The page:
When someone compliments you, how do you respond? Do you deflect it (“You wouldn’t believe what I paid for it.”) or devalue it (“Oh, you’re kidding. My hair’s such a mess!”)?
We (and I’m talking mostly women) aren’t really good with accepting a compliment. Why is that? Do we think the person offering the compliment will think us conceited if we just accept it? We’re an “advanced” society (yes, I used the parentheses on purpose. Read the news), so it’s not as if we think we’re avoiding the evil eye by deflecting away the good wishes. Are we afraid that the compliment is being used as a wedge to manipulate us? (In some cases, there is an emphatic YES attached to it, but people are usually pretty good at spotting the Iagos among us. Sometimes, you learn that one the hard way. What’s that? Iago? It’s a reference to Shakespeare’s “Othello.” Iago is the bitter, faithless “friend” who manipulates Othello into jealousy and murder. Multiple murders. Iago is a POS)
Revolution From Within – Gloria Steinem
I read Gloria Steinem’s Revolution From Within years ago. It’s a collection of essays about self-esteem (mostly directed at women). She addressed this issue of women having difficulty accepting compliments and how it ties in to self-esteem.
I’ll do that “cost/color” description of something if I got it through a major shopping SCORE (That is finding an extraordinary bargain, like a designer blouse that actually fits and finding it for next to nothing. Since the demise of the REAL Filene’s Basement in downtown Boston, SCORES are harder and harder to find unless you have a thrift store attached to a favorite charity of the local moneyed set). Hey, if I paid $5 for something that would normally cost $99, you can bet your sweet bippy I’ll talk about it (This behavior is the modern form of hunting/gathering known to our cave ancestors. Back then, the men would grunt and gesture over the mammoth that got away. Today, women describe getting a genuine Chanel bag from the consignment store for 10 bucks. We just don’t mount it on the wall).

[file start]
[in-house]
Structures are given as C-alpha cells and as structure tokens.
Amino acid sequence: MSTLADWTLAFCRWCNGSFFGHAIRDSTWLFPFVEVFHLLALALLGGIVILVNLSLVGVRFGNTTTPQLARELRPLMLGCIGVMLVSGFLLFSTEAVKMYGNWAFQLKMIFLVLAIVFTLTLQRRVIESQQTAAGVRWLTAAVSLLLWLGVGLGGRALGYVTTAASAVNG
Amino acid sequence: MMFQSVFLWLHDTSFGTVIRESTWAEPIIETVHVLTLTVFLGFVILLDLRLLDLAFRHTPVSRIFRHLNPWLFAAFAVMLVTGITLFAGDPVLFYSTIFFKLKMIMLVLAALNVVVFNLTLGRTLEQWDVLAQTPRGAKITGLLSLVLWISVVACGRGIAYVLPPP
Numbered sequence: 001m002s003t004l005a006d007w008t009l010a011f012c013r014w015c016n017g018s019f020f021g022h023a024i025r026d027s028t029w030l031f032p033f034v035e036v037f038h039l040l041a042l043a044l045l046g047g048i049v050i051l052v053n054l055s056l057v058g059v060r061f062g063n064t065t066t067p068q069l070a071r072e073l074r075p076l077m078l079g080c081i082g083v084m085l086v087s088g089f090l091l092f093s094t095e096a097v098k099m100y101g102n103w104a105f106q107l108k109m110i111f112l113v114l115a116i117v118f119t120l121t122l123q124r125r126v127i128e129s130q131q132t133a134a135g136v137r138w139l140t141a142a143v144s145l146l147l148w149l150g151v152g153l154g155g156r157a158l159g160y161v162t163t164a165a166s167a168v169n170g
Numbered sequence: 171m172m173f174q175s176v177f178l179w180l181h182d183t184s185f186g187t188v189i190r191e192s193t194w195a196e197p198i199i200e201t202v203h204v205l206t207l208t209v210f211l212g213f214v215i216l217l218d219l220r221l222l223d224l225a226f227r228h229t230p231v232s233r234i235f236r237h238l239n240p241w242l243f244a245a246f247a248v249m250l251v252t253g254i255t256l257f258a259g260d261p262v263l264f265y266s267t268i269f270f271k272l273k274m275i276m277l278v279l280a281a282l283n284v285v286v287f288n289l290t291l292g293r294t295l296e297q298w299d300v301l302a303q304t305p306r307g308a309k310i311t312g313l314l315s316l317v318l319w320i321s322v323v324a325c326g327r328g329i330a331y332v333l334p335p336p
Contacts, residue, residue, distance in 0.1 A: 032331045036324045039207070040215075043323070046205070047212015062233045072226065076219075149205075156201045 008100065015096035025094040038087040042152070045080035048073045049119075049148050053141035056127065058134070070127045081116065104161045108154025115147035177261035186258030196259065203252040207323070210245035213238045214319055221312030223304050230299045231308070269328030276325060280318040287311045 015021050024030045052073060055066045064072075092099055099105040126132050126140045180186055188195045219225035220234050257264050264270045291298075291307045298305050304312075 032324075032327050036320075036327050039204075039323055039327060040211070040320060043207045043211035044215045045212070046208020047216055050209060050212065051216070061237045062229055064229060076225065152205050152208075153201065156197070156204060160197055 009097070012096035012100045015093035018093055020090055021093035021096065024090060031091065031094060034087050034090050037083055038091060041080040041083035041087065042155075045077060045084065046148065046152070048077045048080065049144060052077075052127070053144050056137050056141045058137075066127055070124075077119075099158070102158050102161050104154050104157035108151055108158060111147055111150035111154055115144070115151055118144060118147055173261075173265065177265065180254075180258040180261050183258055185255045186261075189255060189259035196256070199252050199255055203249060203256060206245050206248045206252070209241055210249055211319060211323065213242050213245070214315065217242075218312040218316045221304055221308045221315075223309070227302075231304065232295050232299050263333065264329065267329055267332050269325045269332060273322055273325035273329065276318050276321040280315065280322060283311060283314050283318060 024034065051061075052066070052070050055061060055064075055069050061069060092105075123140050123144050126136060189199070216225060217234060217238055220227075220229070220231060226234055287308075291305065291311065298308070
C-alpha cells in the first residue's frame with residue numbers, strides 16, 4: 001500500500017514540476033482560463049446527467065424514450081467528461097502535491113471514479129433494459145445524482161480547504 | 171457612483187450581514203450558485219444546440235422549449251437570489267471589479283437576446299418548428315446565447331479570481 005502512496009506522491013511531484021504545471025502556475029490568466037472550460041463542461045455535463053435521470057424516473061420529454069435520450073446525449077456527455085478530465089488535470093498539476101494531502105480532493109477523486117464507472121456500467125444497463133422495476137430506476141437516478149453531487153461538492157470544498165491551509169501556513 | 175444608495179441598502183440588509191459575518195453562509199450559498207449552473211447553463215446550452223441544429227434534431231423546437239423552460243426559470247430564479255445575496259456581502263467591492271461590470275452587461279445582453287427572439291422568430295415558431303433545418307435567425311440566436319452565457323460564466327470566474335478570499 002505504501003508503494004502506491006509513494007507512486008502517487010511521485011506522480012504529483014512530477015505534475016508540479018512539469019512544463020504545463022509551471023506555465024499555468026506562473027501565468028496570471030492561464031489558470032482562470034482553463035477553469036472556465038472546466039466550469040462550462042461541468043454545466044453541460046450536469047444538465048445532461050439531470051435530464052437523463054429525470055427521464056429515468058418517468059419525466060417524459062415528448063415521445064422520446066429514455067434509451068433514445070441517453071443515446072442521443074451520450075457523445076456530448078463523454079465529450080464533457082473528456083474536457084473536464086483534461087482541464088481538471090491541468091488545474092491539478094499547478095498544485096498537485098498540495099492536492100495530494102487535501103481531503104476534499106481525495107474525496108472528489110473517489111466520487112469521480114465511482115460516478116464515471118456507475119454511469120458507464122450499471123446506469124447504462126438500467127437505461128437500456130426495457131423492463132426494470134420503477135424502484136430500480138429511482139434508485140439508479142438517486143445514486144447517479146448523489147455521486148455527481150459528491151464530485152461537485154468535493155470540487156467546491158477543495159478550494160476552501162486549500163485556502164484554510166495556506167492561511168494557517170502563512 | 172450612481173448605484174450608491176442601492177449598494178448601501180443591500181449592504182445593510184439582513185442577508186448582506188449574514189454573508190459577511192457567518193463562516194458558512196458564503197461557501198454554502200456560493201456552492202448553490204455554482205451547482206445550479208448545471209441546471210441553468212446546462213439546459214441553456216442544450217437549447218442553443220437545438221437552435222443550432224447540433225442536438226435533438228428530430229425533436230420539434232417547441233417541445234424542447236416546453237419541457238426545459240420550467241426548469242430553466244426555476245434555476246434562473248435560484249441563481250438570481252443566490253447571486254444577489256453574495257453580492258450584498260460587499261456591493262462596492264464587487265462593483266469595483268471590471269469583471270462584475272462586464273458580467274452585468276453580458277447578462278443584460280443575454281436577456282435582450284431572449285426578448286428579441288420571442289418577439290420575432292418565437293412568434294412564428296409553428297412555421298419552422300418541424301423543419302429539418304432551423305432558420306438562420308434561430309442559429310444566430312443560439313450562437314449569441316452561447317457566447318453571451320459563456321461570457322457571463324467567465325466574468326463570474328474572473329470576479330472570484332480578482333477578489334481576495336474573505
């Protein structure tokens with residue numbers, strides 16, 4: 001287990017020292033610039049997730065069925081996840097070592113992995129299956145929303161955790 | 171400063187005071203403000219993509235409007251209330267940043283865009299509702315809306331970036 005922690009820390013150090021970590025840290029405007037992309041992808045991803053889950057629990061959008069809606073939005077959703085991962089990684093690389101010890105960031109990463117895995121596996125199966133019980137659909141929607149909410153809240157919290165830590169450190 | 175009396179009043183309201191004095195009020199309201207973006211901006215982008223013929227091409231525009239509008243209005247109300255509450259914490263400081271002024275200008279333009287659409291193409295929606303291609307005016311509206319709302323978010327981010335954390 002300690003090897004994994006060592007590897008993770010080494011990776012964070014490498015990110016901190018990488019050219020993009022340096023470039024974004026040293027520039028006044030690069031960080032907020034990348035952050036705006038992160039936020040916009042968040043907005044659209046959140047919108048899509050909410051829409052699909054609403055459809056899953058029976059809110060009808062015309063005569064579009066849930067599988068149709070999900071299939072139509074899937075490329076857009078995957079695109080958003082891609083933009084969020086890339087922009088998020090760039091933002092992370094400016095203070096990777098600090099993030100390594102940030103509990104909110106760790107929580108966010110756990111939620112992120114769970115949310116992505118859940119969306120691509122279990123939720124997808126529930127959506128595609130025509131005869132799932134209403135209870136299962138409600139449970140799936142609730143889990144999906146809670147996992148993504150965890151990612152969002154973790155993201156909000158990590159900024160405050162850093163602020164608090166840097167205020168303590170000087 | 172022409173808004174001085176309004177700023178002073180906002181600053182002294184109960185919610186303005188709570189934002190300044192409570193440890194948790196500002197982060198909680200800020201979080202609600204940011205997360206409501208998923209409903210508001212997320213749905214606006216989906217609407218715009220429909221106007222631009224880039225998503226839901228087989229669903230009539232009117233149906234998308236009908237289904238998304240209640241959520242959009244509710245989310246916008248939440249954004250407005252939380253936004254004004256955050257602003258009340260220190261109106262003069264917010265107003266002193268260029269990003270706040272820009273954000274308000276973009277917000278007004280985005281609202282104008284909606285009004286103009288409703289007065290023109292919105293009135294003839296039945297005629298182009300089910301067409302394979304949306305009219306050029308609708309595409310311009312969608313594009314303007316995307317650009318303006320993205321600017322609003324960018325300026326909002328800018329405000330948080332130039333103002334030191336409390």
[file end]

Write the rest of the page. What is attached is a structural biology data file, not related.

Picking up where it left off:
If you watch teen-aged girls in a mall, you will see the groups of girls talking and laughing together (and sometimes being catty little bitches to total strangers, also indicative of self-esteem issues. Projection). You will also observe the defensive girls: ones drowning in over-sized sweatshirts (hoodies, preferable because more can be covered up) with either the sleeves pulled down and clutched in balled fists or with arms tightly hugging the body. This is defensive body language. Eyes are usually downcast and if she does look up and make contact, it’s either a fleeting glance as the focus returns to the floor or a “What are you lookin’ at?” attitude.
Since I read Ms. Steinem’s book, I have made a practice of walking with my head up and making casual eye contact with people as I go (smile, nod, “Excuse me” as warranted). It doesn’t change my life, but I hear back that people regard me as being self-confident. And when someone compliments me, I say things like “Thank you” or “That’s so kind of you. Thank you!” and leave it at that. So far as I know, nobody has taken these responses as conceited or egotistical.
It’s okay for us to select and wear cool shoes or a great haircut or look good. There’s nothing wrong with singing well or saying something intelligent or writing something that people like (Okay, yeah, that’s my thing).
We are worthy.